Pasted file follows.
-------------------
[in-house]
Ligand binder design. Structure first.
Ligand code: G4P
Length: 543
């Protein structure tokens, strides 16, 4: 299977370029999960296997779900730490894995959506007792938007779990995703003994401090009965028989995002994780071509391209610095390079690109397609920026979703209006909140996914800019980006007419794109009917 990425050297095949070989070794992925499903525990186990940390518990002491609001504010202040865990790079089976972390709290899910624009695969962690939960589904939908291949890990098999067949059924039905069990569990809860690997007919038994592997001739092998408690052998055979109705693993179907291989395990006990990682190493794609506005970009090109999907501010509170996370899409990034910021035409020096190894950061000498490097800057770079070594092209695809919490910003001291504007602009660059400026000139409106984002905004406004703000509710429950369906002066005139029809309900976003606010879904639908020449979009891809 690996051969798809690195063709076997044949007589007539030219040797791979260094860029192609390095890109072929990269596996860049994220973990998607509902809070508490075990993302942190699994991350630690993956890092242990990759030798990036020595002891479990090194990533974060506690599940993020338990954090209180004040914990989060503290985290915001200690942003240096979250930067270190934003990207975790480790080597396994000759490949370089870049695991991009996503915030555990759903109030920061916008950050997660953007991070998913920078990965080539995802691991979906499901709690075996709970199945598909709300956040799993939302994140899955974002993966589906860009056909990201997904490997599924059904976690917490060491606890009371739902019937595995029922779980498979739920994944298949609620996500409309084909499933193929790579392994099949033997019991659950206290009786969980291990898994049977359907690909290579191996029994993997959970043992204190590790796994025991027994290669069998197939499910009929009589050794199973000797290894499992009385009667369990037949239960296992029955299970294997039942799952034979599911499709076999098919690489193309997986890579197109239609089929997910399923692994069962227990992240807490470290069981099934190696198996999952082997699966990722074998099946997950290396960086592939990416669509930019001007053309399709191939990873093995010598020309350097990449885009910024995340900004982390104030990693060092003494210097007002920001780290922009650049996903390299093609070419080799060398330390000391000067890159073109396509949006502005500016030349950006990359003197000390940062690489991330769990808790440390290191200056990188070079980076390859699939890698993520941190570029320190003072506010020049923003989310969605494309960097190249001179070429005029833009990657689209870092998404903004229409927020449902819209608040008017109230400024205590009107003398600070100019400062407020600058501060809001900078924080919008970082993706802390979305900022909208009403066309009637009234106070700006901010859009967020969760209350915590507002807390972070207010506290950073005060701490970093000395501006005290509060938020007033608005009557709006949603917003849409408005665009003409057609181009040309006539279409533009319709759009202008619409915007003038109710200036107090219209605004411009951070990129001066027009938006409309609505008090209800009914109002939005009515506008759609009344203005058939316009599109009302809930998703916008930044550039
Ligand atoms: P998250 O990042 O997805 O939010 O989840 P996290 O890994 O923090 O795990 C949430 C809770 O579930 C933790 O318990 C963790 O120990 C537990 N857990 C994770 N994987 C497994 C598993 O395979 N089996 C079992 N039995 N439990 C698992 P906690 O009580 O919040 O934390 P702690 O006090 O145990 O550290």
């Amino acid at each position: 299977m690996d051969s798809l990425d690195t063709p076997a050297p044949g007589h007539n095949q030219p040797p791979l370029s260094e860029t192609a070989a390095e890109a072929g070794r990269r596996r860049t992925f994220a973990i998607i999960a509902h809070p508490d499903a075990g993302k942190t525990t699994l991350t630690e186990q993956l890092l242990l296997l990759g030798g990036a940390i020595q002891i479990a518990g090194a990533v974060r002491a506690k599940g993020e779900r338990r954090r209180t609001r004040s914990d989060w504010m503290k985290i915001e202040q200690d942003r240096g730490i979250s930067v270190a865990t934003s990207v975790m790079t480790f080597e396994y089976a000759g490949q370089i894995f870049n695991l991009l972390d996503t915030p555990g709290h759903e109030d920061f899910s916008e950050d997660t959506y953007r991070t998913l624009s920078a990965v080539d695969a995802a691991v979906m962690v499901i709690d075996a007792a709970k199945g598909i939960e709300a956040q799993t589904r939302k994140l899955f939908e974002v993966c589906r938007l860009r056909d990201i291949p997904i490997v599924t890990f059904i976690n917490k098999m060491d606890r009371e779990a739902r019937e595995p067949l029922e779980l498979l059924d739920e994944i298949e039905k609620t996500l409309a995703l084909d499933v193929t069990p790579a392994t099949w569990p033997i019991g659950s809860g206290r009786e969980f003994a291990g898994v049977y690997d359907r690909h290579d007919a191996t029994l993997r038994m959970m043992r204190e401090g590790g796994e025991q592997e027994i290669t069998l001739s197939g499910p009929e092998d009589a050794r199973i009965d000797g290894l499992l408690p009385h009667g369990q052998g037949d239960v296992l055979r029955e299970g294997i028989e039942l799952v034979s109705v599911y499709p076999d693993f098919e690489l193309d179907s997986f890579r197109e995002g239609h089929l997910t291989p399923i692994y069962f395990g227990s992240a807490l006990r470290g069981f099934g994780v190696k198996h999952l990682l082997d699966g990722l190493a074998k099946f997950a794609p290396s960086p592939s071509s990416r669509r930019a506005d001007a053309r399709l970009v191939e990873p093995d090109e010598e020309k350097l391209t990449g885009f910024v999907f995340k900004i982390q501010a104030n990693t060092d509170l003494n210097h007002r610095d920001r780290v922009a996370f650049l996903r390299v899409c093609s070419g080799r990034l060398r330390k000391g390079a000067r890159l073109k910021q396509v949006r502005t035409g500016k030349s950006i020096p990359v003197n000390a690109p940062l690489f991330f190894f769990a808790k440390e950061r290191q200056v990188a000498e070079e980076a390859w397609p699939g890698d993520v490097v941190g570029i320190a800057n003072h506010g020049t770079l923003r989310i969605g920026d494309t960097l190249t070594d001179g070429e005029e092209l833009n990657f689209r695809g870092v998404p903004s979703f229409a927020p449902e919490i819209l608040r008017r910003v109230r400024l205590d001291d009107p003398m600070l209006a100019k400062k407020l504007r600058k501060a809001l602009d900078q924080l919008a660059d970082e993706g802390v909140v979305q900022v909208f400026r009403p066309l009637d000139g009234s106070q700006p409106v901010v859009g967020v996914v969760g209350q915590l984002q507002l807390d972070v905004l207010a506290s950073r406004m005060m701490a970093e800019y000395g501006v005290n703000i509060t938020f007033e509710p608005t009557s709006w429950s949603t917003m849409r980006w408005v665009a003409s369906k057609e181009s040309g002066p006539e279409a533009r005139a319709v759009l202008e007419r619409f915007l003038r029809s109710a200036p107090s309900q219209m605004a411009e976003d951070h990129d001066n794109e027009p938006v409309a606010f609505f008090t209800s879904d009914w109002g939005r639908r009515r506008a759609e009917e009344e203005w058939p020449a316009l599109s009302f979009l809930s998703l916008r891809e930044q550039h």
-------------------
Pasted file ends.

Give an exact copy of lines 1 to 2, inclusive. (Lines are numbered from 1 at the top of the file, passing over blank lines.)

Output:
[in-house]
Ligand binder design. Structure first.